Three and a half trillion dollars for the war in Kurdistan
The attempt to resolve the Kurdish question through war has cost the Turkish state more than three and a half trillion US dollars, according to research.
Research shows that the Turkish state's bellicose response to the Kurdish question has cost the country more than $3.5 trillion and deprived it of large amounts of international investment. This was reported by the Yeni Yaşam newspaper on Monday.
The newspaper referred to a 2021 report by Izzet Akyol, published by the London-based Democratic Progress Institute. It states that Turkey's failure to resolve the Kurdish issue politically has come at a significant cost. In addition to the direct costs of financing four decades of armed conflict, the fighting has also inhibited productivity and domestic investment, slowed international investment and reduced tourism revenues, Akyol said.
"In other words, you can say that Turkey's annual growth rate would be one per cent higher without conflict," Akyol said. "Turkey has been in a state of armed conflict for almost 40 years. The wasted resources have cost Turkey trillions of dollars."
Akyol's findings are supported by a 2015 report by the International Monetary Fund (IMF), which estimated that Turkey is missing out on three-quarters of its potential international investment due to its involvement in conflict.
While international investment at the time was around $370 billion, Yeni Yaşam quoted then Finance Minister Mehmet Şimşek as saying that estimated spending on warfare was around $350 billion. This increased to one trillion dollars when the loss of investment opportunities caused by conflicts was taken into account.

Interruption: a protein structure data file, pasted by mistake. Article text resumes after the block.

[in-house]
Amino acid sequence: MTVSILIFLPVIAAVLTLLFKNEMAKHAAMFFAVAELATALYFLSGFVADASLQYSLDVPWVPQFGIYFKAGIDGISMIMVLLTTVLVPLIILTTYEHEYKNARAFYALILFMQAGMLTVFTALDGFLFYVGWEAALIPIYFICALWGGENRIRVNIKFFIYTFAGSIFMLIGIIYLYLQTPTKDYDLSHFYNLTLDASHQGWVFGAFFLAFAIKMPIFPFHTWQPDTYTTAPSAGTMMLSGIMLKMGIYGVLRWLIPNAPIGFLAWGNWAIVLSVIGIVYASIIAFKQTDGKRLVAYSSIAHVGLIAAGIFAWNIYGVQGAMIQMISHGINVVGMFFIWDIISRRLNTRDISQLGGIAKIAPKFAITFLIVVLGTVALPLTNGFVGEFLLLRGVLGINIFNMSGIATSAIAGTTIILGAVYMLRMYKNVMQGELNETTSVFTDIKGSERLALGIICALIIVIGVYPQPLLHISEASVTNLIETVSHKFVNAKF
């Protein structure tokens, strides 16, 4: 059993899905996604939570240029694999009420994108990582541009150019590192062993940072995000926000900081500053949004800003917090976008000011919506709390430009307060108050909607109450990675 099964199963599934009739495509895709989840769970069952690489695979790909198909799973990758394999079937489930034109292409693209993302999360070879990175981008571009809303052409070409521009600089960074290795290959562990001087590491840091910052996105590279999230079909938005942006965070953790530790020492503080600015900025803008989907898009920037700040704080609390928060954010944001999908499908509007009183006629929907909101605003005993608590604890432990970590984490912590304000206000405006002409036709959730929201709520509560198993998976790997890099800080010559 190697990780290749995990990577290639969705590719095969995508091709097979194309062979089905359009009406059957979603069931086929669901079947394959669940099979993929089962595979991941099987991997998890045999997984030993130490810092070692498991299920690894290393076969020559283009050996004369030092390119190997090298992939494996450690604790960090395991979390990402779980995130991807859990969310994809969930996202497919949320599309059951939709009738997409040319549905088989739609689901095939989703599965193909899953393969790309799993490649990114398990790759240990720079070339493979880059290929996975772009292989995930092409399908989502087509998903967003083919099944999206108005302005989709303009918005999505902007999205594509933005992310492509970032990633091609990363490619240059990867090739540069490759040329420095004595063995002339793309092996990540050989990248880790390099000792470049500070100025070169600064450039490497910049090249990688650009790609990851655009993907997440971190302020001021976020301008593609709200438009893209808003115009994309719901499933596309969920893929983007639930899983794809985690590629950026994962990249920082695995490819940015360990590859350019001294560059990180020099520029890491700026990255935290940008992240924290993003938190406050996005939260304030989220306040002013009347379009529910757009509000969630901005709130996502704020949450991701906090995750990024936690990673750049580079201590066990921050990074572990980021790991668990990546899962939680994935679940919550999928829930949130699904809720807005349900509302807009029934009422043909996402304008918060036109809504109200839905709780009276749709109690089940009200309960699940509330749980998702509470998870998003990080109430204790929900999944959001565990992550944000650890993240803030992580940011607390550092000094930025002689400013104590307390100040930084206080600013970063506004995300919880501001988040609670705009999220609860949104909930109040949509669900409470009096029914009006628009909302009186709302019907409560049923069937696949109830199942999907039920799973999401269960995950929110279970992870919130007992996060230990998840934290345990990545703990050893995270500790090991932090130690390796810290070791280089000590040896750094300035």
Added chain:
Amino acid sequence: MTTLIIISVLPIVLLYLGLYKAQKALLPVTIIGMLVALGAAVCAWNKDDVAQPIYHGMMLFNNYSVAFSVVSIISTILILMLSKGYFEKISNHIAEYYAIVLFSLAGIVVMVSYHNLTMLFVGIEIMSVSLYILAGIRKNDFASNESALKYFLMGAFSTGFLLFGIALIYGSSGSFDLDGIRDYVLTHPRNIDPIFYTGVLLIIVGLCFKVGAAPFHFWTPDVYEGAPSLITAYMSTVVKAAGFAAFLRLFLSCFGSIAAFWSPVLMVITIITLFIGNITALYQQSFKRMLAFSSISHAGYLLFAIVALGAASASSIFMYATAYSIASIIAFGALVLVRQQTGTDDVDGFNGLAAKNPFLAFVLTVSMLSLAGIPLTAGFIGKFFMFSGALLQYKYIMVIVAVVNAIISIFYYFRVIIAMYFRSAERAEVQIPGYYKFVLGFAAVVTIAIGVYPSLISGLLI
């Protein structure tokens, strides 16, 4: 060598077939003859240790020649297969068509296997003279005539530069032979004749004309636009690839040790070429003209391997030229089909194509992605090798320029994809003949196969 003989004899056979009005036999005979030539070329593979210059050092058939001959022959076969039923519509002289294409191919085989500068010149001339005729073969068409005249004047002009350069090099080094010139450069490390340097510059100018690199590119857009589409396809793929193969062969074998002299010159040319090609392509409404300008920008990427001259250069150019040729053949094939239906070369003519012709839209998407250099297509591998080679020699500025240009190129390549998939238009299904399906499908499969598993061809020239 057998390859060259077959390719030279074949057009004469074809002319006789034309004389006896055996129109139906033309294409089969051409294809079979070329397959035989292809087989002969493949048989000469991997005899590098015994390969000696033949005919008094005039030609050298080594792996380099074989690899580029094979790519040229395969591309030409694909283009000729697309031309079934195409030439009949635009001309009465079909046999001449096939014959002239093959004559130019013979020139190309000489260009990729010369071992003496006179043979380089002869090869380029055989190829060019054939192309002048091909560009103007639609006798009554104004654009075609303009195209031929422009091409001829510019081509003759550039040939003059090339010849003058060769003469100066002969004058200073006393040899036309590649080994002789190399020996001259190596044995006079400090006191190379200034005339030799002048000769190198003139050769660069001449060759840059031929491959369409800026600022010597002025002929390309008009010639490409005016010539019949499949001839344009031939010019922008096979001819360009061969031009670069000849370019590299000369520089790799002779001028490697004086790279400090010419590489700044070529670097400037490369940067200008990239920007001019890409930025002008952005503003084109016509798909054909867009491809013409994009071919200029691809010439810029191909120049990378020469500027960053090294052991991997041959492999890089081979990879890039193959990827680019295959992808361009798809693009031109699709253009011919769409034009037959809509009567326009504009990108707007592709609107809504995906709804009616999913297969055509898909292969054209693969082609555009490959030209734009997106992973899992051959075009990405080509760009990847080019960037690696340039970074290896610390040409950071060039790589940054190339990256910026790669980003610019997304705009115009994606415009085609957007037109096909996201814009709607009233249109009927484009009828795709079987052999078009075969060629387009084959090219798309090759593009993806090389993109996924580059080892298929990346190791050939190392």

Şimşek was probably referring to Ankara's involvement in the civil war in Syria, where Turkey is one of the main supporters of the opposition against Syrian President Bashar al-Assad. However, according to Akyol, the Kurdish issue is by far Turkey's longest running and costliest conflict.
"Turkey's failure to find a solution to the problem within the policy framework has come at a huge economic cost to the country. Turkish policies are neither pragmatic nor flexible or rational and are already clearly inhibiting economic growth. The circumstances created by 40 years of conflict have also created huge economic costs for Turkey," said Izzet Akyol.
410 million dollars a month for howitzers
The article in the Yeni Yaşam calculates Turkey's costs for the war in Kurdistan. According to this, assault howitzers can fire 240 to 250 projectiles per hour. The howitzers are used for two hours a day in the invasion of southern Kurdistan (northern Iraq), which means that an average of 500 howitzer shells are used. Each of these shells is worth about $1,000. 500 shells per day means 500,000 dollars. The annual cost of a single howitzer is about $50 million. The monthly cost of a howitzer is $4.1 million. Considering that 100 howitzers are used in an operation, the monthly cost is $410 million.
65,000 dollars for a one-hour fighter jet flight
The cost for a one-hour flight of an F-16 fighter jet without ammunition is $25,000 and with ammunition $65,000. The most commonly used bomb is the MK-81 262 Libre, weighing 119 kilograms. Another model is the MK-82 500 Libre, which weighs 227 kilograms and costs $26,000. The widely used MK-83 1000 Libre bomb weighs 460 kilograms and the MK-84 2000 Libre weighs 930 kilograms. The bombs used in the F-16s cost $3,100 each. Laser-guided bombs cost $28,500 each. Bunker buster bombs cost $35,000 each.
Cost of helicopters
The cost of a one-hour flight of T-129 ATAK and Sikorsky helicopters is $10,000, according to Yeni Yaşam. Every day, 15 to 20 helicopters fly over the war zone. The cost of ammunition for one day is between 150,000 and 300,000 dollars.